Devil's Bargain

Supernatural’s upcoming 300th episode isn’t only bringing John Winchester back. It will also see the return of Kurt Fuller’s Zachariah, the high-ranking angel that Dean killed in the show’s 100th episode. And during EW’s exclusive set visit for episode 300, we were able to sit down with Fuller and talk about returning to the character exactly 200 episodes after his death.

ENTERTAINMENT WEEKLY: How did your return come about?
KURT FULLER: Long ago I played a lot of bad guys because my first job, Ghostbusters II, was a bad guy, so that’s the way it goes. I was told I was going to read for [Supernatural], and it was a good guy. He seemed like a very nice guy. He was an angel, he was friendly, and he only turned really, really bad on the third episode, when it just turned so south. I was quite upset about it. Then, I’m at home and it’s two years later, and I get a “Dear Kurt” letter from [show creator] Eric Kripke: “Dear Kurt, I want to tell you how great you are in the show.” And I’m thinking they’re gonna make me a regular. I’m going to finally get on the Supernatural gravy train which has been running down the track. “Unfortunately, we need a big event for our hundredth episode, so we’re going to kill you.” Okay? All right.

And then I go, “Yeah, you’re going to kill me, but nobody ever really dies on Supernatural.” And they said, “Well, no, you’re getting killed with an angel blade and your wings burn.” I said, “Well, what does that mean?” “If your wings burn, you don’t come back. You’re dead-dead. And the knife goes up through your mouth into your brain.” I go, “Okay, I’m dead-dead. I get it.” I wasn’t expecting anything. I’ve gone on with my life, everything’s been fine, the kids are good, my wife seems happy. I get a call out of the blue: “They want to know if you would go and do Supernatural for the 300th episode.” I go, “300th episode?” And I said, “Sure I’d do it, are you kidding me? Yeah, absolutely.” So they wrote it, and here I am, happy to do it.

What is it about this character that makes you want to return and do it again?
Zachariah is really funny. He thinks he’s hilarious, he thinks he’s charming. He knows he’s smarter than everybody else, and he knows that if people would believe him, he’s right. He can fix everything. But he doesn’t have to be mean, he doesn’t want to. He really wants to just have people laugh with him and go, “You know what? You’re right, I’ll do that. Okay, let’s go have a drink.” But it usually ends up with a lot of blood and a lot of death.

Did you have to do anything to remind yourself of what you did 200 episodes ago? Did you watch old episodes?
I didn’t have very much time because I was working on something else. But I did go back and look at the shows that I did and reminded myself of what I was like and what was going on then. But the show, it has really changed. They’re not doing the same thing every week. It’s really very compelling. I was so struck by the sense of loss in [the 300th] episode. [Sam and Dean], they’re just out there in the ocean, nobody else is around, and it’s just them, and they’ve gotta swim, they’ve gotta stay afloat. I think that’s the most compelling thing about the show.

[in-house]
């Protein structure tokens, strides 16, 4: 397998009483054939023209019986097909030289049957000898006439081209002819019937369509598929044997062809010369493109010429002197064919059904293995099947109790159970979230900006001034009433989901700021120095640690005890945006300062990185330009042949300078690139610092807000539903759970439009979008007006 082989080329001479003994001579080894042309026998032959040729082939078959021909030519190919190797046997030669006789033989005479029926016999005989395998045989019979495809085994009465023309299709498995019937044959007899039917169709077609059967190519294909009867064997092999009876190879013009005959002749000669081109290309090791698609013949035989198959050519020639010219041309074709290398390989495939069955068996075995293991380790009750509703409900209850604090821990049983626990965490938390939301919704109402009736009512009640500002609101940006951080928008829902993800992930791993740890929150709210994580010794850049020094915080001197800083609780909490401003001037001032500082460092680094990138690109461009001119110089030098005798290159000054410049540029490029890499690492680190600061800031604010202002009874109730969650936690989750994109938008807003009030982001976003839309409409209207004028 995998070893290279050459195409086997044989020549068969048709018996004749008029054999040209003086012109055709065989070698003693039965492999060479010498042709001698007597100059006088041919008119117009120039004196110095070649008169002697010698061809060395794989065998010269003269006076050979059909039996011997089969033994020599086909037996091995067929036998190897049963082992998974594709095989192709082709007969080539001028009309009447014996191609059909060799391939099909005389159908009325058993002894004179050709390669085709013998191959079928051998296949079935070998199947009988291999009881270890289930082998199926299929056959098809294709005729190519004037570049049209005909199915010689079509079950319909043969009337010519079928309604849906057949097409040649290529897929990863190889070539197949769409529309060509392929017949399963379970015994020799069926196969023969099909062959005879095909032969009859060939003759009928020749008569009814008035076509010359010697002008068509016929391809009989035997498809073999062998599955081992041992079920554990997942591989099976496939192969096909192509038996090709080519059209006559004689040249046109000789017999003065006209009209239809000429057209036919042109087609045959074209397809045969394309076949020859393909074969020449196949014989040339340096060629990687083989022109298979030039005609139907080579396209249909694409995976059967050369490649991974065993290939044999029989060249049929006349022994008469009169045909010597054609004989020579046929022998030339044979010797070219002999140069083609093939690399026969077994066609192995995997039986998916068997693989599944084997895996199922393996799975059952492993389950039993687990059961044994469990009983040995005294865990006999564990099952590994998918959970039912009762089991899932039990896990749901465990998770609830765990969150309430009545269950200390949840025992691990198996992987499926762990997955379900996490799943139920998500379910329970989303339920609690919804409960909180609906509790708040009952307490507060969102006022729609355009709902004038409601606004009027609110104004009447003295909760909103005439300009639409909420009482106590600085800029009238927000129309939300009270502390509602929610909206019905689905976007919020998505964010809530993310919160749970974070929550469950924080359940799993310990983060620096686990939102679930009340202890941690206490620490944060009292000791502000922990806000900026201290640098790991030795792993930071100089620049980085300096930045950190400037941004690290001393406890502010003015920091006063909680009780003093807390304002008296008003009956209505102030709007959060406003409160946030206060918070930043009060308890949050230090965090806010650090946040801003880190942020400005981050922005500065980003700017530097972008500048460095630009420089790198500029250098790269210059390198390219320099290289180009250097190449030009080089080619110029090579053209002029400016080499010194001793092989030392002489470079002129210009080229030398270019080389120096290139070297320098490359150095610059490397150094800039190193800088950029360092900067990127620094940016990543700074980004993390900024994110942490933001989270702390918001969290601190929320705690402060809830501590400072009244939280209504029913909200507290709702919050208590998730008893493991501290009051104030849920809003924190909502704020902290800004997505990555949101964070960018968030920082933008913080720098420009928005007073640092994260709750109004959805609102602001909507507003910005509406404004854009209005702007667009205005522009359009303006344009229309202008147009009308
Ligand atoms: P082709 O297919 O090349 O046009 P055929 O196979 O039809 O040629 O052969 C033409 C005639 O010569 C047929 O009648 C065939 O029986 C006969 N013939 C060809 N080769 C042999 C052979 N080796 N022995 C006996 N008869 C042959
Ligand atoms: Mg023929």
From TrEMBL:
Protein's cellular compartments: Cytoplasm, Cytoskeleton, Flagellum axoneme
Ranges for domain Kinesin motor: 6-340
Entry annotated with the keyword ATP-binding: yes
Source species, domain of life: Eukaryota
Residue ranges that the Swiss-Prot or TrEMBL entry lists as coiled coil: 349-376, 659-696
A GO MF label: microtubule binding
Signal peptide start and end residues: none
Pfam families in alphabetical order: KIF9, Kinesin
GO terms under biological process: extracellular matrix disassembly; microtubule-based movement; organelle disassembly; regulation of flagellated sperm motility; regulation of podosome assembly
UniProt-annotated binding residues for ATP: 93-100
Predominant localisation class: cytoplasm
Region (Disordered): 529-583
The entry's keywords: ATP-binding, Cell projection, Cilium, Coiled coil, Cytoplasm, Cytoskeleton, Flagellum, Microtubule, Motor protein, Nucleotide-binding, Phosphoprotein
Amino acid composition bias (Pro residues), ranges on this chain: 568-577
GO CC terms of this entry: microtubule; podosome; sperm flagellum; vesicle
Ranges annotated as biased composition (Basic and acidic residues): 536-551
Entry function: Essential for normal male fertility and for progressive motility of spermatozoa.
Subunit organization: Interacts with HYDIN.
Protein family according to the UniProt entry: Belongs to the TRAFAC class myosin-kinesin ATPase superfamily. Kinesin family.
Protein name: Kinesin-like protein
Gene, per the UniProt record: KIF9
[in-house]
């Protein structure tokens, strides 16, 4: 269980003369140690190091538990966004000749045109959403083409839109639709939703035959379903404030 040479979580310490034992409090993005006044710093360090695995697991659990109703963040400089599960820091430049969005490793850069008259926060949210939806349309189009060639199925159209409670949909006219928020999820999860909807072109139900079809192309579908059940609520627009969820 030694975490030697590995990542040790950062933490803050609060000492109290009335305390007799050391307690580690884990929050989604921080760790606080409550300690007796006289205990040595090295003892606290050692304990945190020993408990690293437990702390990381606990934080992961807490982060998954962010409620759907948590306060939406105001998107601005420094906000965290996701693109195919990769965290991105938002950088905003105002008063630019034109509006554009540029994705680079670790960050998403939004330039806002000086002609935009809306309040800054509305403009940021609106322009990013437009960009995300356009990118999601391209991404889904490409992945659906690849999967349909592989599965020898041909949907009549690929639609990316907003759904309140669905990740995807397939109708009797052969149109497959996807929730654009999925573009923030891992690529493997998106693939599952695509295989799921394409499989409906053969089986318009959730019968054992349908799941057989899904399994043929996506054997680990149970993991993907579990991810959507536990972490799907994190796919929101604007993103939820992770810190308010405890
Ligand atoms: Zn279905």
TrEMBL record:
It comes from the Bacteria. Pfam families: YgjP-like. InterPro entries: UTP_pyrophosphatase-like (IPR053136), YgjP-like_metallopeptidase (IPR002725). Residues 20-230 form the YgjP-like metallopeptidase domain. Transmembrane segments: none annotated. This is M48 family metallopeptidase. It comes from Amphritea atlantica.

In terms of what fans can expect from your return, do you feel like it’s pretty classic Zachariah?
It is. It is classic Zachariah. He hasn’t changed or grown, or had any experiences. It is fun, and he’s still clever and up to his old tricks.

What is the fan reaction like for you, for a character like Zachariah?
Well, when I was doing it, a lot of people would call me, “Oh, Zachariah, you glorious bastard,” which I thought was a great description. And then there was the element that loved to hate me, and then there was the element that hated me and hated to hate me and didn’t want me around. When I got killed killed, some people were like, “Oh, man, don’t kill a good bad guy.” But I always knew that was gonna happen, because you don’t do the things I do and live in these shows, there’s a moral code. You’re not gonna hang around being that bad.

As someone who’s worked on many shows, what do you feel like it is about Supernatural that is special or that keeps people engaged?
First of all, if you look at just Jared [Padalecki] and Jensen [Ackles], they truly are brothers. They are brothers in life. It is their relationship in the show, which is informed by their relationship not on the show. It’s their chemistry and their shared experience that is really compelling. One truly cares about them and feels for them. Like I said, [Sam and Dean’s] lives, they’re tragic. There’s a tragedy there along with everything else. Along with them being the heroes, there’s a real sadness underlying it. I don’t think shows should be afraid of that, and I love that this show is not afraid of that. People can handle it. I think it’s that duality of the hero and the two sad guys, basically, who don’t have their dad and don’t have a normal life that makes it so you can’t not watch it.

For more on Supernatural, pick up the new issue of Entertainment Weekly on stands now, or buy one — or all four — of our collector’s covers featuring Jensen Ackles, Misha Collins, Jared Padalecki, and the Winchester family (also available for purchase at Barnes & Noble). Don’t forget to subscribe for more exclusive interviews and photos, only in EW.

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Devil's Bargain

Jensen Ackles and Jared Padalecki star as the Winchester brothers, hellbent on battling the paranormal forces of evil.

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